Tree of Hope continues to deliver joy in its 30th year
January 1, 2020
Planes flew in from across the state to deliver toys to the 30th annual Tree of Hope toy drive on Dec. 7.
In Hangar 2 of the St. Cloud Regional Airport – the first time the event has ever been held in St. Cloud – hundreds of volunteers scurried frantically to sort, bag and box toys that are to be delivered to hospitals, orphanages and charities across the state for children to open on Christmas morning.
"We keep hoping it will be obsolete, but the hospitals keep asking," said Tree of Hope President Elaine Morrow.
Tree of Hope is a non-profit charity whose sole mission is to provide some degree of joy to children who have to spend their holidays in the hospital or orphanage. Since many hospitals suffer from low staffing over the holidays, according to Morrow, they try to cut costs by sending children to bigger, better equipped hospitals – often in the metro, and far away from home.
This is the first time Tree of Hope has been hosted in St. Cloud. The hangar was made available by Bill Mavencamp, Jr. of St. Cloud Aviation. For the past eight years Tree of Hope was based out of Maple Lake.
Pilots flew in from around the state to both donate and deliver toys. In total 25 planes delivered toys to hospitals, orphanages and charities. This year two planes flew in from North Dakota – marking the first time in Tree of Hope's history planes arrived from two states.
This year, Tree of Hope donated roughly 252 bags of toys, up 14% over last year's donations. They also delivered wrapping paper, bows, bags and boxes for nurses to wrap the toys. In the past hospitals had to provide those things themselves.
The organization was started in 1990 by pilots Ray and Celeste Shefland of Bemidji.
In 1990, Ray was working as an anesthesiologist. He flew to hospitals scattered throughout northern Minnesota to provide his services. Over time, he became disturbed by the number of children resigned to spending their holidays in the hospital.
Ray and Celeste decided something needed to be done. They contacted pilots and aviation organizations from across the state to donate and deliver toys to Minnesota hospitals.
The pilots were invited to the private Nary Airport, located about 10 miles outside of Bemidji, for a walleye fish fry. The airport was isolated and remote, hidden by a dense patchwork of northern woodlands.
Nary airport was opened just a month earlier by Ray and Celeste. Many of the pilots had never flown there before, and many were skeptical of their ability to find the remote landing.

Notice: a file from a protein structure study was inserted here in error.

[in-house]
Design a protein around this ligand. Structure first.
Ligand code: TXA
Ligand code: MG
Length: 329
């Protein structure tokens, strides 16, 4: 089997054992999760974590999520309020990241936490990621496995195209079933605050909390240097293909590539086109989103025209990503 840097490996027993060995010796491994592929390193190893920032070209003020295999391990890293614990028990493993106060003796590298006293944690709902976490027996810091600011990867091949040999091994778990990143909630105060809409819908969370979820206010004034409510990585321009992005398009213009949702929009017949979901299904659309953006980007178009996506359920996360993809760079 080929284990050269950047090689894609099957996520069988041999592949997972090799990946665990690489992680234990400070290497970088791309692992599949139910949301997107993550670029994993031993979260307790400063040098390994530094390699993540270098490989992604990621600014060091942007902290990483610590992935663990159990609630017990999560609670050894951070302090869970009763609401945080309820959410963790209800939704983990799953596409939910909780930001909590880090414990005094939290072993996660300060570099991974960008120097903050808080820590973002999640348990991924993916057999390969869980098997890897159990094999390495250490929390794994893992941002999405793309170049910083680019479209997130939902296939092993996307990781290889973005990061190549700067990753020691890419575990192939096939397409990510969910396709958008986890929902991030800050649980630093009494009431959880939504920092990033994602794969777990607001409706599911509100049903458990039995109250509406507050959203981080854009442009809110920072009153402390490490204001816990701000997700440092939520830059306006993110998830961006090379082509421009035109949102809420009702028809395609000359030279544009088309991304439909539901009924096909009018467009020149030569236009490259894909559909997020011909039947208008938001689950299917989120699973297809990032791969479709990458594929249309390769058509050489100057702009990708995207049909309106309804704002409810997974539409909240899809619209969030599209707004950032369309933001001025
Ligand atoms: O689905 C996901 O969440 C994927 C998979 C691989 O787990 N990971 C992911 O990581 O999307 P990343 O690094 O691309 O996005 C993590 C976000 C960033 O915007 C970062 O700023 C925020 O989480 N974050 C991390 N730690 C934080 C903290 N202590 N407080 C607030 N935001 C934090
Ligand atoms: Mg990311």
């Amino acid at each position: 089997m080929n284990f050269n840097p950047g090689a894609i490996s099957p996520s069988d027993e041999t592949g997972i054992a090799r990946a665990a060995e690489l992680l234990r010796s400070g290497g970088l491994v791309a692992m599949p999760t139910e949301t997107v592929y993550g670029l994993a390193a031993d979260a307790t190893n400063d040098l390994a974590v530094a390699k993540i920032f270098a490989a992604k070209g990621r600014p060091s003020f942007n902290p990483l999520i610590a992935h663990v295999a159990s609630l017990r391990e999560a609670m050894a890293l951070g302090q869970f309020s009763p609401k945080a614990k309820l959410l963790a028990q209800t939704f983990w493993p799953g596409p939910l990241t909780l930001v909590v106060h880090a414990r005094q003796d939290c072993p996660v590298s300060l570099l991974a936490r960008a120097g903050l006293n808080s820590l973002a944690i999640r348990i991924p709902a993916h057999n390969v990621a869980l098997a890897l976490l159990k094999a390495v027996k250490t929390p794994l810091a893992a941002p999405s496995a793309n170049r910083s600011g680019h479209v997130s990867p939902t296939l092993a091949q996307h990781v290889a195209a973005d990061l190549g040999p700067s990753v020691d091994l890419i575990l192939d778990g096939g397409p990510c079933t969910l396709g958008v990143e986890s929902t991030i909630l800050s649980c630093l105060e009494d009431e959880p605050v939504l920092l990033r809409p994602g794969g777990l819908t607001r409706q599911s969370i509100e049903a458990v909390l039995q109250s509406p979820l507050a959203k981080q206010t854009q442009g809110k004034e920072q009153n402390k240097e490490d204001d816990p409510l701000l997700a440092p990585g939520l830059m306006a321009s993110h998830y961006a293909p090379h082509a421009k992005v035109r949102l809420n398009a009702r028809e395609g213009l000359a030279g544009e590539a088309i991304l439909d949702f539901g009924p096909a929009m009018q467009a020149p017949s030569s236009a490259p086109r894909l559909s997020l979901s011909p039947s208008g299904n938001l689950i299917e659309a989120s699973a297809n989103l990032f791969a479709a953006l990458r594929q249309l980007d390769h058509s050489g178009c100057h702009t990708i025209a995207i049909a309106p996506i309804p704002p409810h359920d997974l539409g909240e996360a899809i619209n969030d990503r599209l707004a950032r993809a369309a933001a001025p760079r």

In order to ensure that the newly opened airport didn't become Minnesota's own Bermuda Triangle, Ray and Celeste marked the end of the runway with a with a brightly lit Christmas tree – which now serves as the inspiration for the non-profit's logo.
In its 30th year, the spirit of charity keeps Tree of Hope alive. It is run entirely by volunteers. Pilots, EAA chapters, churches, Boy Scouts and Girl Scouts all turn out to pay it forward on Christmas morning.
The charity is overseen by the Minnesota chapter of The Ninety-Nines – an international organization of women pilots – and the Zuhrah Flyers, also known as Shriners.
Though Tree of Hope's work all comes to a head in December, it is a year round project. Toys and financial donations are collected through Dec. 1 of each year. Every dollar donated to Tree of Hope goes directly towards the children they serve. Financial contributions are often spent frugally, with Tree of Hope utilizing post-holiday sales – for example they were able to purchase this year's wrapping paper at Walgreens for 90% off.
The organization meets the first Saturday of December to sort and bag the toys. The meeting is scheduled for the first Saturday of the month so that if there is bad weather there is still time to reschedule before Christmas.
If someone can't donate toys or money, Morrow stresses that battery donations are of equal importance. There are few things more disappointing to a child than opening a new toy, only to find that the batteries aren't included. To circumvent this, Tree of Hope attaches batteries to every toy that requires them.
Tree of Hope has had a lasting impact on those it's served, with many former recipients now volunteering each year.
The Regenold family – consisting of grandfather Jack, father John Sr. and his two sons John Jr. and Phillip – are Tree of Hopes designated "city drivers," delivering toys to all of the children's hospitals in the Twin Cities.
"Everyone here is afraid to drive in the cities," said John Sr., half-jokingly.
The Regenold family first became acquainted with Tree of Hope in the early 1990s, when John Jr. was three months old and had to undergo cranial surgery over Christmas. It was a scary time for Phillip and the Regenold family. On Christmas morning however, Tree of Hope provided John Jr. some comfort in the form of a Christmas present.
The family was so overwhelmed with gratitude that for the past 25 years the three generation Regenold family have volunteered at Tree of Hope.